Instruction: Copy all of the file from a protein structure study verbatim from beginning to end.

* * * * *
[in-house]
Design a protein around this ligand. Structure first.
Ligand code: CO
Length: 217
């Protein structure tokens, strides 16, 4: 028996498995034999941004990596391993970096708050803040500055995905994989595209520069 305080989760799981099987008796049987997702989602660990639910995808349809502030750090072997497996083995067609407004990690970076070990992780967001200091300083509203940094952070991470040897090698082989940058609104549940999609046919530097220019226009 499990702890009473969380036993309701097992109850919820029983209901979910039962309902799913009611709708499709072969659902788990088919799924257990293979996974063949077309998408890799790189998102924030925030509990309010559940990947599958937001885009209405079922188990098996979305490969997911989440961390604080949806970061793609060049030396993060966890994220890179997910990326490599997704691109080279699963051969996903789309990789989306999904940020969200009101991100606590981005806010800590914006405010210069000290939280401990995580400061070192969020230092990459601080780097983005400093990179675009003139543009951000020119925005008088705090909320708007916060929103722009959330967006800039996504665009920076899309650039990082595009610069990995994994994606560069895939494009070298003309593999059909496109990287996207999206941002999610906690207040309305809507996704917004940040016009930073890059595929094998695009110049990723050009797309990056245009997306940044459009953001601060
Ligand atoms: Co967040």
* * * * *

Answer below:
[in-house]
Design a protein around this ligand. Structure first.
Ligand code: CO
Length: 217
């Protein structure tokens, strides 16, 4: 028996498995034999941004990596391993970096708050803040500055995905994989595209520069 305080989760799981099987008796049987997702989602660990639910995808349809502030750090072997497996083995067609407004990690970076070990992780967001200091300083509203940094952070991470040897090698082989940058609104549940999609046919530097220019226009 499990702890009473969380036993309701097992109850919820029983209901979910039962309902799913009611709708499709072969659902788990088919799924257990293979996974063949077309998408890799790189998102924030925030509990309010559940990947599958937001885009209405079922188990098996979305490969997911989440961390604080949806970061793609060049030396993060966890994220890179997910990326490599997704691109080279699963051969996903789309990789989306999904940020969200009101991100606590981005806010800590914006405010210069000290939280401990995580400061070192969020230092990459601080780097983005400093990179675009003139543009951000020119925005008088705090909320708007916060929103722009959330967006800039996504665009920076899309650039990082595009610069990995994994994606560069895939494009070298003309593999059909496109990287996207999206941002999610906690207040309305809507996704917004940040016009930073890059595929094998695009110049990723050009797309990056245009997306940044459009953001601060
Ligand atoms: Co967040």